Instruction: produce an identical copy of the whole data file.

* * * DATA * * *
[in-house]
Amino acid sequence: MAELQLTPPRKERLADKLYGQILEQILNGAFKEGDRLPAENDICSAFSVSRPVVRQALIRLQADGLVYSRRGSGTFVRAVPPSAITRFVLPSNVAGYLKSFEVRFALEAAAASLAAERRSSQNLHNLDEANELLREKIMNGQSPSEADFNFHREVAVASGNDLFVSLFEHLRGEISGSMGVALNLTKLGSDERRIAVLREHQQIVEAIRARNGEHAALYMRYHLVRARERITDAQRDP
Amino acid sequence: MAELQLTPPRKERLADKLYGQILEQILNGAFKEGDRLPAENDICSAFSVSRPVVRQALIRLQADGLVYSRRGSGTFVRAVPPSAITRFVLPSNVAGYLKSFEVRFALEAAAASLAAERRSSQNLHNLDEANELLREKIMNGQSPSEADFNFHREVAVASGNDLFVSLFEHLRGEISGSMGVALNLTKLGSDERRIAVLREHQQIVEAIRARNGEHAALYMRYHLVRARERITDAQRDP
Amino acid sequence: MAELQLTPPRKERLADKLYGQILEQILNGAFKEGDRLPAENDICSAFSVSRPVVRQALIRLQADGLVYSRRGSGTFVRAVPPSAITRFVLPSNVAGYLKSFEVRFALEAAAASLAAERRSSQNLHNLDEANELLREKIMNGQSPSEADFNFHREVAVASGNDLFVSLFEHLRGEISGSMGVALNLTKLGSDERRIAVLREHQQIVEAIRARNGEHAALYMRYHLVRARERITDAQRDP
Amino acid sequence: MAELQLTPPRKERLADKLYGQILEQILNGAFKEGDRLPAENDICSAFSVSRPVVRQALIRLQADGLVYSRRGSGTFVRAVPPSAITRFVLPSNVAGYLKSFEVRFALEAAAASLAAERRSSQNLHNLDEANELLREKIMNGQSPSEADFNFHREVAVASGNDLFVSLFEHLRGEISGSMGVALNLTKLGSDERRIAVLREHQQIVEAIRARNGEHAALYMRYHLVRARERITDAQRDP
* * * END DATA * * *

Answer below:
[in-house]
Amino acid sequence: MAELQLTPPRKERLADKLYGQILEQILNGAFKEGDRLPAENDICSAFSVSRPVVRQALIRLQADGLVYSRRGSGTFVRAVPPSAITRFVLPSNVAGYLKSFEVRFALEAAAASLAAERRSSQNLHNLDEANELLREKIMNGQSPSEADFNFHREVAVASGNDLFVSLFEHLRGEISGSMGVALNLTKLGSDERRIAVLREHQQIVEAIRARNGEHAALYMRYHLVRARERITDAQRDP
Amino acid sequence: MAELQLTPPRKERLADKLYGQILEQILNGAFKEGDRLPAENDICSAFSVSRPVVRQALIRLQADGLVYSRRGSGTFVRAVPPSAITRFVLPSNVAGYLKSFEVRFALEAAAASLAAERRSSQNLHNLDEANELLREKIMNGQSPSEADFNFHREVAVASGNDLFVSLFEHLRGEISGSMGVALNLTKLGSDERRIAVLREHQQIVEAIRARNGEHAALYMRYHLVRARERITDAQRDP
Amino acid sequence: MAELQLTPPRKERLADKLYGQILEQILNGAFKEGDRLPAENDICSAFSVSRPVVRQALIRLQADGLVYSRRGSGTFVRAVPPSAITRFVLPSNVAGYLKSFEVRFALEAAAASLAAERRSSQNLHNLDEANELLREKIMNGQSPSEADFNFHREVAVASGNDLFVSLFEHLRGEISGSMGVALNLTKLGSDERRIAVLREHQQIVEAIRARNGEHAALYMRYHLVRARERITDAQRDP
Amino acid sequence: MAELQLTPPRKERLADKLYGQILEQILNGAFKEGDRLPAENDICSAFSVSRPVVRQALIRLQADGLVYSRRGSGTFVRAVPPSAITRFVLPSNVAGYLKSFEVRFALEAAAASLAAERRSSQNLHNLDEANELLREKIMNGQSPSEADFNFHREVAVASGNDLFVSLFEHLRGEISGSMGVALNLTKLGSDERRIAVLREHQQIVEAIRARNGEHAALYMRYHLVRARERITDAQRDP